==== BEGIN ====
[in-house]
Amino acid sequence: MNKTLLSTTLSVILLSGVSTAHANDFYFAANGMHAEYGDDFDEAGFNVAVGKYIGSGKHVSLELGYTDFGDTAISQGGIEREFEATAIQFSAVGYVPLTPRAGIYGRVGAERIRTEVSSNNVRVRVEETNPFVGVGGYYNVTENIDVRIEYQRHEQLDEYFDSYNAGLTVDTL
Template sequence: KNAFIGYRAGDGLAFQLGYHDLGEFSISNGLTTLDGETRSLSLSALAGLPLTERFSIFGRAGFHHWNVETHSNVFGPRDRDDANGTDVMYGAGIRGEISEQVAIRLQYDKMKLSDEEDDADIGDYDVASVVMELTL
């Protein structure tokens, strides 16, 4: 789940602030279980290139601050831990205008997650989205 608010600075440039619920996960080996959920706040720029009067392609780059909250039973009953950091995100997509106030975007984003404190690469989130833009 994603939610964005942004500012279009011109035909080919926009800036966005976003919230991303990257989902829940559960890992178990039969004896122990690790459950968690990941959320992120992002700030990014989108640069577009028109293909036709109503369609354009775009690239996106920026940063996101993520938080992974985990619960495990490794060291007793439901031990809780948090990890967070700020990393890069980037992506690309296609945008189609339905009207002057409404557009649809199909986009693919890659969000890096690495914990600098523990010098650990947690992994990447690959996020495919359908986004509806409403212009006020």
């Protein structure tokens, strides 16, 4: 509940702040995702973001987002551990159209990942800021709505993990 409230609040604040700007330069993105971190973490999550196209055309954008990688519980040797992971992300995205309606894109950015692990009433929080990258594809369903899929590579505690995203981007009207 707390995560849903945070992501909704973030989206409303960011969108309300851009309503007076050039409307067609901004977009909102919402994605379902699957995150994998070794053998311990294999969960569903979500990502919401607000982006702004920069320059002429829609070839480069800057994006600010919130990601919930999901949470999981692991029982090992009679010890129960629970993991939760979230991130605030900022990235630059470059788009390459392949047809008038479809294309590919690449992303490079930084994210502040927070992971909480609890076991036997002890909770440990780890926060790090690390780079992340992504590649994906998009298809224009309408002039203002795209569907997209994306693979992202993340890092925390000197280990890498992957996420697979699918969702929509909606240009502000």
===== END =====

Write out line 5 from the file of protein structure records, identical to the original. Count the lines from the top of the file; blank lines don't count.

């Protein structure tokens, strides 16, 4: 509940702040995702973001987002551990159209990942800021709505993990 409230609040604040700007330069993105971190973490999550196209055309954008990688519980040797992971992300995205309606894109950015692990009433929080990258594809369903899929590579505690995203981007009207 707390995560849903945070992501909704973030989206409303960011969108309300851009309503007076050039409307067609901004977009909102919402994605379902699957995150994998070794053998311990294999969960569903979500990502919401607000982006702004920069320059002429829609070839480069800057994006600010919130990601919930999901949470999981692991029982090992009679010890129960629970993991939760979230991130605030900022990235630059470059788009390459392949047809008038479809294309590919690449992303490079930084994210502040927070992971909480609890076991036997002890909770440990780890926060790090690390780079992340992504590649994906998009298809224009309408002039203002795209569907997209994306693979992202993340890092925390000197280990890498992957996420697979699918969702929509909606240009502000």